The Federal Circuit went on to announce its ruling:
We hold that 35 U.S.C. § 145 imposes no limitation on an applicant’s right to introduce new evidence before the district court, apart from the evidentiary limitations applicable to all civil actions contained in the Federal Rules of Evidence and Federal Rules of Civil Procedure. In doing so, we reject the Director’s proposal that only “new evidence that could not reasonably have been provided to the agency in the first instance” is admissible in a § 145 action. Dir. Br. at 8. While the proceedings before the Patent Office do not limit the admissibility of new evidence in the district court, they may be considered by the district court if they cast doubt on the reliability of late-produced evidence, as with inconsistent statements or new recollections of previously forgotten events. As with any evidence introduced in a civil action, the district court as factfinder may give less weight to evidence introduced by an applicant in a § 145 action if the district court questions its credibility or reliability. Because the district court abused its discretion when it excluded Mr. Hyatt’s declaration under the wrong legal standard, we vacate the decision of the district court and remand.
The majority opinion in the en banc proceeding found Judge Newman filing a concurring opinion. She wrote:
I join the en banc court’s holding that new evidence may be provided in a civil action brought in the district court under 35 U.S.C. §145. However, the court also holds that when no new evidence is provided, the findings and rulings of the PTO receive the same deferential treatment in the district court as would apply if the cause were not a civil action under section 145, but instead were an Administrative Procedure Act direct appeal to the Federal Circuit under 35 U.S.C. §141. That is not the statutory plan.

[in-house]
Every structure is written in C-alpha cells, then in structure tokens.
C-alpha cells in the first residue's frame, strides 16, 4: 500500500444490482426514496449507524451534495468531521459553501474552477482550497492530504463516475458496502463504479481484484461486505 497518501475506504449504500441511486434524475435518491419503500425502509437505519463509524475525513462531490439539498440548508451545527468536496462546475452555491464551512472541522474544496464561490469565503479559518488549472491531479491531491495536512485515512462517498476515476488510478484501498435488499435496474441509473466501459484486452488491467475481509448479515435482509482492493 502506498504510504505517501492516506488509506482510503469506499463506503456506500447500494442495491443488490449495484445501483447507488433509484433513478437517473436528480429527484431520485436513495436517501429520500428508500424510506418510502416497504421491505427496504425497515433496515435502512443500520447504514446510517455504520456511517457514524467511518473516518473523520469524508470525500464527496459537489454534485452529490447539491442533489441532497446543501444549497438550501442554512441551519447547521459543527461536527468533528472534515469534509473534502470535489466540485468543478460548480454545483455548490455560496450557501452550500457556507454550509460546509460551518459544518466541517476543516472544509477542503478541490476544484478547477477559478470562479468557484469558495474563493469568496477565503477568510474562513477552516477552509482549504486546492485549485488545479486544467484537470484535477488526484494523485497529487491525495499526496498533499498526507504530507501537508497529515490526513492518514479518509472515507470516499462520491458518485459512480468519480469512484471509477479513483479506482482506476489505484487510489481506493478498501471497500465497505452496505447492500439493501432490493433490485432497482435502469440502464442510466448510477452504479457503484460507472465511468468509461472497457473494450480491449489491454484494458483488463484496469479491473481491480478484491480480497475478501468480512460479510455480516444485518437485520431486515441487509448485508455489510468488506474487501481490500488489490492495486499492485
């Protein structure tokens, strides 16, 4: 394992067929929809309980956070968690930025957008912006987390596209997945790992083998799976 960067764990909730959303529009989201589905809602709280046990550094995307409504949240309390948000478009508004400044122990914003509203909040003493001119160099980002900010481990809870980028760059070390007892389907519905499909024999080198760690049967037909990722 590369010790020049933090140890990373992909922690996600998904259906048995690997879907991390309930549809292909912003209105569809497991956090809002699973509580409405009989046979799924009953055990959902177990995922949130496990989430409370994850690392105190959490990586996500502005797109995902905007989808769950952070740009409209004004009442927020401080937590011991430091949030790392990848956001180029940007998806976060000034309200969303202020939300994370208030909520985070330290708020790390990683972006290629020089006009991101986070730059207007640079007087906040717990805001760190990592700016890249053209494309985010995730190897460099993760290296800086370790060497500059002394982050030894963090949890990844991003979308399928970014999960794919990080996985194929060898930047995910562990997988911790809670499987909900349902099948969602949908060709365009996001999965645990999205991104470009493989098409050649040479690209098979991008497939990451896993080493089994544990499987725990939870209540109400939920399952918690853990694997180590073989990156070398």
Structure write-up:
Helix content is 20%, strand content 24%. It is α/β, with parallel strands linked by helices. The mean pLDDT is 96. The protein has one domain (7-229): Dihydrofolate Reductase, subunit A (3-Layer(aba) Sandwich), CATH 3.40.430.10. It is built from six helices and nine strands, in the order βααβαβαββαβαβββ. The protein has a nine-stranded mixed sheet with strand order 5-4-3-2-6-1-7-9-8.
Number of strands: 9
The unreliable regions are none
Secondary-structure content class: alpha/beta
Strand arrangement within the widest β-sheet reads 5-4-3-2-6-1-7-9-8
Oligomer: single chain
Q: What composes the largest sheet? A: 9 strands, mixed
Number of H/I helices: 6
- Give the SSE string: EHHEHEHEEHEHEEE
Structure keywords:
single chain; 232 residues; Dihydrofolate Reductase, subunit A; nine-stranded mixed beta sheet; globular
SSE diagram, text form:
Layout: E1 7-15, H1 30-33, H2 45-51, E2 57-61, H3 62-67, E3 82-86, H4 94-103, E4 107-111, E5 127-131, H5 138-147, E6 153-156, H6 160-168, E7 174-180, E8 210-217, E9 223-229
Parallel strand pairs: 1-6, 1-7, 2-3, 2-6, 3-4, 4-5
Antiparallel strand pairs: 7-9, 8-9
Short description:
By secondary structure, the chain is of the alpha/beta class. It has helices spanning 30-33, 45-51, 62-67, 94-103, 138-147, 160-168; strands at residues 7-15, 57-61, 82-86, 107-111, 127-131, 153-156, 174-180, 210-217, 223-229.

The statutory plan is designed to differ from such a duplicative procedure, not to create it. Nonetheless, the court today holds that for those issues for which the applicant relies on the same evidence as was before the patent examiner, the ruling of the PTO is not determined de novo but is reviewed with APA deference, identically to the section 141 appeal, except that the decision is initially made by one judge in the district court, en route to three-judge review if appeal is then taken to the Federal Circuit. No party presented or even contemplated such a redundant procedure, and no amicus discussed it. It is contrary to statute, to precedent, and to almost two centuries of legislative policy.
Judge Newman went on to say: “Neither the APA nor Zurko obliterated the purpose or changed the structure of the section 145 action as a full de novo proceeding.”
It is no great secret that I almost universally agree with Judge Newman, so it won’t be a surprise to anyone that I agree with her here as well. I understand why the majority of the Federal Circuit adopted the APA deferential review standard when no new evidence is submitted to the District Court, but that is simply not required by Zurko. In fact, the exact opposite seems required by any fair reading of Justice Breyer’s decision in Zurko.